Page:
Even if humans are not “hard-wired” to use cannabis, the plant also contains other compounds like terpenes and flavonoids that are nutritious and support overall health. But these substances can also be found in a variety of foods and herbs, further dispelling the idea that we as a species need cannabis as part of our diet or routine.
If you enjoy cannabis, go ahead, and keep using it, especially if you rely on it to treat a certain medical condition. If you feel comfortable, tell your doctor because cannabis can interact with certain medications and some health conditions. Those who aren’t interested however are not “missing” out on anything essential, but they may be missing out on some of the benefits this multipurpose herb can provide.
- Silver RJ. The Endocannabinoid System of Animals. Animals (Basel). 2019;9(9):686. Published 2019 Sep 16. doi:10.3390/ani9090686
- McPartland, John & Hegman, William & Long, Tengwen. (2019). Cannabis in Asia: its center of origin and early cultivation, based on a synthesis of subfossil pollen and archaeobotanical studies. Vegetation History and Archaeobotany. 28. 10.1007/s00334-019-00731-8.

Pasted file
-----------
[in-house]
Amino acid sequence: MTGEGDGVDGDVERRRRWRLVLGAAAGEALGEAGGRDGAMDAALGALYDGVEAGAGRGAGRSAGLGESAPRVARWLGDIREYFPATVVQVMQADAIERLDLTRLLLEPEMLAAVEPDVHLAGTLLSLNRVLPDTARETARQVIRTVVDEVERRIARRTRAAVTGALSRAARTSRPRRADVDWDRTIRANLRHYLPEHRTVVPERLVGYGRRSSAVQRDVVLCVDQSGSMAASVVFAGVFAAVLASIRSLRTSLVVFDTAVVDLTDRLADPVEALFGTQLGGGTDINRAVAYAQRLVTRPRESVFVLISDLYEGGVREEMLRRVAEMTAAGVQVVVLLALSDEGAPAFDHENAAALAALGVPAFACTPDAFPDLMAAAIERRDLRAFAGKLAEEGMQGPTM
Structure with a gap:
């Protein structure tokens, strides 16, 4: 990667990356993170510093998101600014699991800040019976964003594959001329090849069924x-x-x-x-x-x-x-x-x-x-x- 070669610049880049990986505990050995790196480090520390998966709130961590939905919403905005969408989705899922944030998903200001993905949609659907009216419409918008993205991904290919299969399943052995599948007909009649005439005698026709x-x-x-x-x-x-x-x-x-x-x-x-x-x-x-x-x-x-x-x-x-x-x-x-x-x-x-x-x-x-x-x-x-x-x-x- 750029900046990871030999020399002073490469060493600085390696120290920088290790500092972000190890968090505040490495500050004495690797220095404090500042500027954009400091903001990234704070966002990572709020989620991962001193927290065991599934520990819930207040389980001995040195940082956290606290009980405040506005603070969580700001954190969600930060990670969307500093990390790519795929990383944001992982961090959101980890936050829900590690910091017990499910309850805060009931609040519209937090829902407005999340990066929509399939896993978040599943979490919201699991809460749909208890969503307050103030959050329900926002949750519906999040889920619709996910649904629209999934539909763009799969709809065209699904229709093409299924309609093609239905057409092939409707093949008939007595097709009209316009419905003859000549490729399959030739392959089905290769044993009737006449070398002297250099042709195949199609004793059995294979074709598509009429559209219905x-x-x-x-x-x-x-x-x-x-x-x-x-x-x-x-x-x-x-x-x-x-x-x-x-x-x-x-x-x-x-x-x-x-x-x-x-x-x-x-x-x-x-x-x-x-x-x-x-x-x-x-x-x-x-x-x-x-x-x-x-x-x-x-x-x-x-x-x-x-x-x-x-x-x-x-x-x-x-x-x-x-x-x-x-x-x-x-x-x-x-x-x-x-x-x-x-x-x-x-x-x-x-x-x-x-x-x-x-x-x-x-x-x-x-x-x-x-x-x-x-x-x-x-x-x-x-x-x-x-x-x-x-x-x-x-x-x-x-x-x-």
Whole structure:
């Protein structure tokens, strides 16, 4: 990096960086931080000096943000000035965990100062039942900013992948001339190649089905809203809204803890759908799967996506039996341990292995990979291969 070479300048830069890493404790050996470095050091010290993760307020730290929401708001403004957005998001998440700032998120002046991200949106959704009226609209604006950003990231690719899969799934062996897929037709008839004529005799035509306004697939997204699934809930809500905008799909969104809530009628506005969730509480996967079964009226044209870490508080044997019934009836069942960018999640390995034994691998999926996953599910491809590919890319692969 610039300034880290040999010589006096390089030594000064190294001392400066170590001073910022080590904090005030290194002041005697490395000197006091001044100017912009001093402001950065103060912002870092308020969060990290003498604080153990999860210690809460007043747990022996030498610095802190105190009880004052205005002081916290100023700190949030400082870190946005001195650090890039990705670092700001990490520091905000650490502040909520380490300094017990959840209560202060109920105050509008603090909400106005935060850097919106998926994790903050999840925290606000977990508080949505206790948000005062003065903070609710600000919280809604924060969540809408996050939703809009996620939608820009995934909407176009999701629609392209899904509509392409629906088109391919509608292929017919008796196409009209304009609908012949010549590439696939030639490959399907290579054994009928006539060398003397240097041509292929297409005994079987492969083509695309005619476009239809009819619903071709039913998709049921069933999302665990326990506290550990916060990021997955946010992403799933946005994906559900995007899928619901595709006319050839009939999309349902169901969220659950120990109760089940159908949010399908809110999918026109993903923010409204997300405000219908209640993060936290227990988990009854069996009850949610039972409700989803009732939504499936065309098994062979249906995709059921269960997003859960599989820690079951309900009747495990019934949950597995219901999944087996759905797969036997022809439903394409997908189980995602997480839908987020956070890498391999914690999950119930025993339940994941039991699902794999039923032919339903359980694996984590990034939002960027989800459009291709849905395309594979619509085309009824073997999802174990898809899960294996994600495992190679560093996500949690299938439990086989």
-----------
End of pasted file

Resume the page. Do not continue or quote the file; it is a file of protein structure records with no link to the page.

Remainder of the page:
- Bridgeman MB, Abazia DT. Medicinal Cannabis: History, Pharmacology, And Implications for the Acute Care Setting. P T. 2017;42(3):180-188.
- Crocq MA. History of cannabis and the endocannabinoid system. Dialogues Clin Neurosci. 2020;22(3):223-228.
- Mercuri, Anna Maria & Accorsi, Carla Alberta & Mazzanti, Marta. (2002). The long history of Cannabis and its cultivation by Romans in Central Italy (pollen records from Lago Albano and Lago di Nemi). Vegetation History and Archaeobotany. 11. 263-276. 10.1007/s003340200039.
- Crocq MA. History of cannabis and the endocannabinoid system. Dialogues Clin Neurosci. 2020;22(3):223-228.
- Ren M, Tang Z, Wu X, et al. The origins of cannabis smoking: Chemical residue evidence from the first millennium BCE in the Pamirs. Sci Adv. 2019;5(6):eaaw1391. Published 2019 Jun 12. doi:10.1126/sciadv.aaw1391
- McPartland JM. The endocannabinoid system: an osteopathic perspective. J Am Osteopath Assoc. 2008;108(10):586-600. doi:10.7556/jaoa.2008.108.10.586